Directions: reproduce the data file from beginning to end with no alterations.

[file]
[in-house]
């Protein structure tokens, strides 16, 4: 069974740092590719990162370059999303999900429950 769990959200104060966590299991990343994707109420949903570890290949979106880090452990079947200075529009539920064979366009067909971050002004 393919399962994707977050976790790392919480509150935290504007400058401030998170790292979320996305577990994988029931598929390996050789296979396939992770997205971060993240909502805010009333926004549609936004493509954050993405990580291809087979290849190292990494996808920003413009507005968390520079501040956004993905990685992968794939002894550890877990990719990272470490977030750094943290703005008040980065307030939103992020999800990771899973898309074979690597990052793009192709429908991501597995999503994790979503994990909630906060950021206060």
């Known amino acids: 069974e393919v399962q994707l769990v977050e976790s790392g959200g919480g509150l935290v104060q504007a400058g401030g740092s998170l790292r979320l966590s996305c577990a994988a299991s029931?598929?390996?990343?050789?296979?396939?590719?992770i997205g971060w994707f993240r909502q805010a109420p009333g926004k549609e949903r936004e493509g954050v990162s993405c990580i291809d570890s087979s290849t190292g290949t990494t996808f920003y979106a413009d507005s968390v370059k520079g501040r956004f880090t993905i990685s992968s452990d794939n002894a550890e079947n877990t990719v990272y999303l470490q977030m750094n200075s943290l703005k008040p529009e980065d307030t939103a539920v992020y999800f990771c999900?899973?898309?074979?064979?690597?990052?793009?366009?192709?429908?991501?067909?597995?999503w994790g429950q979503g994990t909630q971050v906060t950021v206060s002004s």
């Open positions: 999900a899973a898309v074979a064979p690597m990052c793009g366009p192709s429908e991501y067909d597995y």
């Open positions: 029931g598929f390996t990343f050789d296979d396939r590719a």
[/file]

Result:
[in-house]
């Protein structure tokens, strides 16, 4: 069974740092590719990162370059999303999900429950 769990959200104060966590299991990343994707109420949903570890290949979106880090452990079947200075529009539920064979366009067909971050002004 393919399962994707977050976790790392919480509150935290504007400058401030998170790292979320996305577990994988029931598929390996050789296979396939992770997205971060993240909502805010009333926004549609936004493509954050993405990580291809087979290849190292990494996808920003413009507005968390520079501040956004993905990685992968794939002894550890877990990719990272470490977030750094943290703005008040980065307030939103992020999800990771899973898309074979690597990052793009192709429908991501597995999503994790979503994990909630906060950021206060």
């Known amino acids: 069974e393919v399962q994707l769990v977050e976790s790392g959200g919480g509150l935290v104060q504007a400058g401030g740092s998170l790292r979320l966590s996305c577990a994988a299991s029931?598929?390996?990343?050789?296979?396939?590719?992770i997205g971060w994707f993240r909502q805010a109420p009333g926004k549609e949903r936004e493509g954050v990162s993405c990580i291809d570890s087979s290849t190292g290949t990494t996808f920003y979106a413009d507005s968390v370059k520079g501040r956004f880090t993905i990685s992968s452990d794939n002894a550890e079947n877990t990719v990272y999303l470490q977030m750094n200075s943290l703005k008040p529009e980065d307030t939103a539920v992020y999800f990771c999900?899973?898309?074979?064979?690597?990052?793009?366009?192709?429908?991501?067909?597995?999503w994790g429950q979503g994990t909630q971050v906060t950021v206060s002004s």
């Open positions: 999900a899973a898309v074979a064979p690597m990052c793009g366009p192709s429908e991501y067909d597995y």
């Open positions: 029931g598929f390996t990343f050789d296979d396939r590719a």